Speaking on the Fox Business Network, Bolton said Washington was waiting to see if Pyongyang was committed to abandoning its “nuclear weapons program and everything associated with it.”

“If they’re not willing to do it, then I think President Trump has been very clear … they’re not going to get relief from the crushing economic sanctions that have been imposed on them and we’ll look at ramping those sanctions up in fact,” Bolton said.

U.S. lawmakers, however, aren’t delaying in trying to ramp up sanctions on North Korea.

Tuesday, Republican Senator Pat Toomey and Democrat Chris Van Hollen introduced a bill to impose sanctions on any bank that does business with its government.

Fred Warmbier, right, listens as his wife Cindy Warmbier, speaks of their son Otto Warmbier, an American who died last year, days after his release from captivity in North Korea, May 3, 2018, at the U.N.
Fred Warmbier, right, listens as his wife Cindy Warmbier, speaks of their son Otto Warmbier, an American who died last year, days after his release from captivity in North Korea, May 3, 2018, at the U.N. VOA

The measure had the added endorsement of the parents of Otto Warmbier, the U.S. college student who died after being imprisoned in the reclusive country as a result of the treatment he received during captivity.

Dubbed the “Otto Warmbier Banking Restrictions Involving North Korea (BRINK) Act,” Otto’s parents said they believed the legislation would provide helpful in eliciting change in North Korea.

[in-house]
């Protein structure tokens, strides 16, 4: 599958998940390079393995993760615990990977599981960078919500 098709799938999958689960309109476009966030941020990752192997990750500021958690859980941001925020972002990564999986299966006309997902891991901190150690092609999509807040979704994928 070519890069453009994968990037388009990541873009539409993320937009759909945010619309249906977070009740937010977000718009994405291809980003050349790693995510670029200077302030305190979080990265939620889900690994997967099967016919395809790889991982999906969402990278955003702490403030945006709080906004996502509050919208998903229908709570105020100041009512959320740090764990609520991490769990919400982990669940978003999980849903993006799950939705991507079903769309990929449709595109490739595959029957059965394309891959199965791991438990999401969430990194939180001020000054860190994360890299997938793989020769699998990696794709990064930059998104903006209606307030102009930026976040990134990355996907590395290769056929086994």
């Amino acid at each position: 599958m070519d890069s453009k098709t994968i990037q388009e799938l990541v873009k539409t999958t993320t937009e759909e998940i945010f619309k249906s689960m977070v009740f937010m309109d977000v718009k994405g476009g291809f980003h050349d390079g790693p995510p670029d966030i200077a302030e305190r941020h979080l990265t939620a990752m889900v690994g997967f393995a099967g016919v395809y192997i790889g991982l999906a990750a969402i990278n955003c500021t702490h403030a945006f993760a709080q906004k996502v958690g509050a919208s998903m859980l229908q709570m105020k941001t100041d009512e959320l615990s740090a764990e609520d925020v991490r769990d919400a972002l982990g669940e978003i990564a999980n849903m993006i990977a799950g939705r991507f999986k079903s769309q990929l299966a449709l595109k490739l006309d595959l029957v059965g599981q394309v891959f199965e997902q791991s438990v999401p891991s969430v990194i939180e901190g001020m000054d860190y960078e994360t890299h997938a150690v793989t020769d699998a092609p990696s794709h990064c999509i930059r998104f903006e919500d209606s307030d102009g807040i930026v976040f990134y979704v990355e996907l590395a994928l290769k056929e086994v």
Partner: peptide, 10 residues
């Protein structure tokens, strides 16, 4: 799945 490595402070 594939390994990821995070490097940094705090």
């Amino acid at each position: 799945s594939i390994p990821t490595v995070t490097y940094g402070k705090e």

“We continue to support the bill and appreciate them honoring our son’s memory,” the Warmbiers said.

The measure unanimously passed the Senate Banking Committee last year, but did not advance further.

To become law, the bill needs to pass both houses of the U.S. Congress and be signed into law by President Trump.

Resumption of talks

South Korean President Moon Jae-in has ordered his cabinet to pursue all avenues to facilitate a resumption of discussions between Washington and Pyongyang.

“We look forward to continuing the dialogue between the two countries, and I expect that the two leaders will meet again in the near future and achieve the settlement this time,” Moon said earlier this week while presiding over a National Security Council meeting.

FILE - A visitor takes images, from left, of U.S. President Donald Trump, South Korean President Moon Jae-in and North Korean leader Kim Jong Un during an exhibition at an annex of the presidential Blue House in Seoul, South Korea, Jan. 3, 2019.
A visitor takes images, from left, of U.S. President Donald Trump, South Korean President Moon Jae-in and North Korean leader Kim Jong Un during an exhibition at an annex of the presidential Blue House in Seoul, South Korea, Jan. 3, 2019. VOA

After the Hanoi summit resulted in no agreement being signed between President Trump and Kim, Moon said South Korea’s role has become important and directed ministers to take action.

Moon said he wanted officials to “confirm the differences in the positions of the two sides” and “look for ways to narrow the gap.”

“I believe that the North American dialogue will eventually be settled, and it’s very undesirable to have a vacuum and deadlocked stage for a long time, so please work hard together for the resumption of the North American dialogue,” Moon said.